Motion 370, which is to be debated at the Annual Representatives’ Meeting (ARM) of the British Medical Association (BMA) tomorrow morning, calls on the BMA to ‘transfer their investments from energy companies whose primary business relies upon fossil fuels to those providing renewable energy sources’ in light of the health risks posed by climate change.
This is, to my knowledge, the first time that a health sector organisation has publicly considered joining the growing international fossil fuel divestment movement. That it’s coming from the BMA, one of the oldest and most respected medical professionals’ organisations in the world, demonstrates the power of the divestment movement – one that has spread over the past couple of years from a handful of US university campuses, to encompass faith groups, pension funds, and government authorities across the globe – winning endorsements from such high-profile voices as Desmond Tutu, Christina Figueres and even Barack Obama along the way. And it’s working: the fossil fuel industry is scared, as demonstrated by the Australian coal lobby’s efforts to outlaw the campaign.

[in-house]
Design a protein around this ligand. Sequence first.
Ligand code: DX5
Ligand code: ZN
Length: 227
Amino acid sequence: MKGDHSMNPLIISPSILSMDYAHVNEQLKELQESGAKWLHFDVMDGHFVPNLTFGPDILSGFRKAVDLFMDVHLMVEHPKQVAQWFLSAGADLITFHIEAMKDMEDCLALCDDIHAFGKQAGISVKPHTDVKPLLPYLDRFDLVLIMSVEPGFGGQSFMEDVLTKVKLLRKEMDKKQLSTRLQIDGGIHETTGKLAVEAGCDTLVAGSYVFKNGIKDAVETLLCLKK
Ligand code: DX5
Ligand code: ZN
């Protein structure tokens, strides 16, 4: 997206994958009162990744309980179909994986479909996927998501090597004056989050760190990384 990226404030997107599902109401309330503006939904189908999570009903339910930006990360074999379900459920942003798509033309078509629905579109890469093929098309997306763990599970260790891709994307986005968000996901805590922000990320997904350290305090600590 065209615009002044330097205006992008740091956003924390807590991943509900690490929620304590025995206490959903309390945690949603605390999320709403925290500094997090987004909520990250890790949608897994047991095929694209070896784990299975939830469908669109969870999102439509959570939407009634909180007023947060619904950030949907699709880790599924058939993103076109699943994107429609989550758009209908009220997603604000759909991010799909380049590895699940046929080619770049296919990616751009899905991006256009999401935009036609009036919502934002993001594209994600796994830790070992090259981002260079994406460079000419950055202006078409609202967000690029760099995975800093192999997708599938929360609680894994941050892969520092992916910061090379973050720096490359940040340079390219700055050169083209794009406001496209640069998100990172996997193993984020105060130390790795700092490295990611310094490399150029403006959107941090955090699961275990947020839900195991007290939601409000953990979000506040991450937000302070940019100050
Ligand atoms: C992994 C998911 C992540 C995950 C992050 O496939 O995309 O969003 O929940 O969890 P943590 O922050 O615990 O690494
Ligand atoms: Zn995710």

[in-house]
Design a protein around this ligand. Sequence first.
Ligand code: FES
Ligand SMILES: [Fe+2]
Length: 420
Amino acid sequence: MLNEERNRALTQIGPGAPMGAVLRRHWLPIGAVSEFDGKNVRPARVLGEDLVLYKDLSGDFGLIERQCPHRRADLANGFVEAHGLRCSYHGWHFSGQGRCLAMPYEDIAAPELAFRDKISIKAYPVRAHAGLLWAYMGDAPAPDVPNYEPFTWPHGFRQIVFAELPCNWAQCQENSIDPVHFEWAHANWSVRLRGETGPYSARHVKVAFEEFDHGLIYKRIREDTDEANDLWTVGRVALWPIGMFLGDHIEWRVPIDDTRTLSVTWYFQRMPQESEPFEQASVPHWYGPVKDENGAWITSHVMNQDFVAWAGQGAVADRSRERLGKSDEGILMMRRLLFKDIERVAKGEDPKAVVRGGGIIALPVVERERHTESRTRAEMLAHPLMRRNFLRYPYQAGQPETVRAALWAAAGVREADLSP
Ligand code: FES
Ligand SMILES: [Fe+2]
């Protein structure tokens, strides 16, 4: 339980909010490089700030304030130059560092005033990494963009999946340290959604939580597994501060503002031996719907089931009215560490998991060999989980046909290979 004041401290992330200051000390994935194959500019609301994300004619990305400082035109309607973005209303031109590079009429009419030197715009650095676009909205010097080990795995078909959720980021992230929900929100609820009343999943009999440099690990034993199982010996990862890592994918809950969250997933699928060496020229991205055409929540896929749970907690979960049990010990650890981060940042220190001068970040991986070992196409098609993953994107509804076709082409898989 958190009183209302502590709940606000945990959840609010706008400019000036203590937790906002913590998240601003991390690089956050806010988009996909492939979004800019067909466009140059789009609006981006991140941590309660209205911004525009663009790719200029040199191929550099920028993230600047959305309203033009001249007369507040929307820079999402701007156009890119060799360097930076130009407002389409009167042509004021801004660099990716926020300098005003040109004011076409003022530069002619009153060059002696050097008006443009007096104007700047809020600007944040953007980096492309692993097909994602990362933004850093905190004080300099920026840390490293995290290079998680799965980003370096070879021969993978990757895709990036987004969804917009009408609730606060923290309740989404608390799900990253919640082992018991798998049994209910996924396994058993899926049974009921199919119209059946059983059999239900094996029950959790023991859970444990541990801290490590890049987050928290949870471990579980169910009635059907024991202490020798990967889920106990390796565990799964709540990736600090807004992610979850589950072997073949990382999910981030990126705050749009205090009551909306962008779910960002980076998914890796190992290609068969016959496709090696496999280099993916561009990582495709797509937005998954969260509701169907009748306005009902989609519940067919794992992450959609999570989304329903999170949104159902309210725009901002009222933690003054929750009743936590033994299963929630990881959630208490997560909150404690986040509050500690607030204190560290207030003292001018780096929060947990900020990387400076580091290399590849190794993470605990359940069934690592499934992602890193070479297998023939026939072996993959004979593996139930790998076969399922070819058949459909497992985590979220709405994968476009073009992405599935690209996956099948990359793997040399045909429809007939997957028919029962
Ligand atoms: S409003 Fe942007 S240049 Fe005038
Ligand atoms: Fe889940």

There are plenty of good reasons, medical and financial alike, for the BMA to divest. The BMA’s values and objectives, and the responsibilities of the profession it represents, demand that it should act on “the greatest global health threat of the 21st century.” Continuing to invest in the fossil fuel industry is literally betting against action on climate change mitigation, given that the industry’s continued profitability is dependent on burning more carbon than the planet can take; while the transition to the low-carbon economy could bring huge health co-benefits, from reduced air pollution, healthier transport and diets, and improved urban and rural environments. The arguments for divestment are summarised in our two-page briefing written in advance of the motion.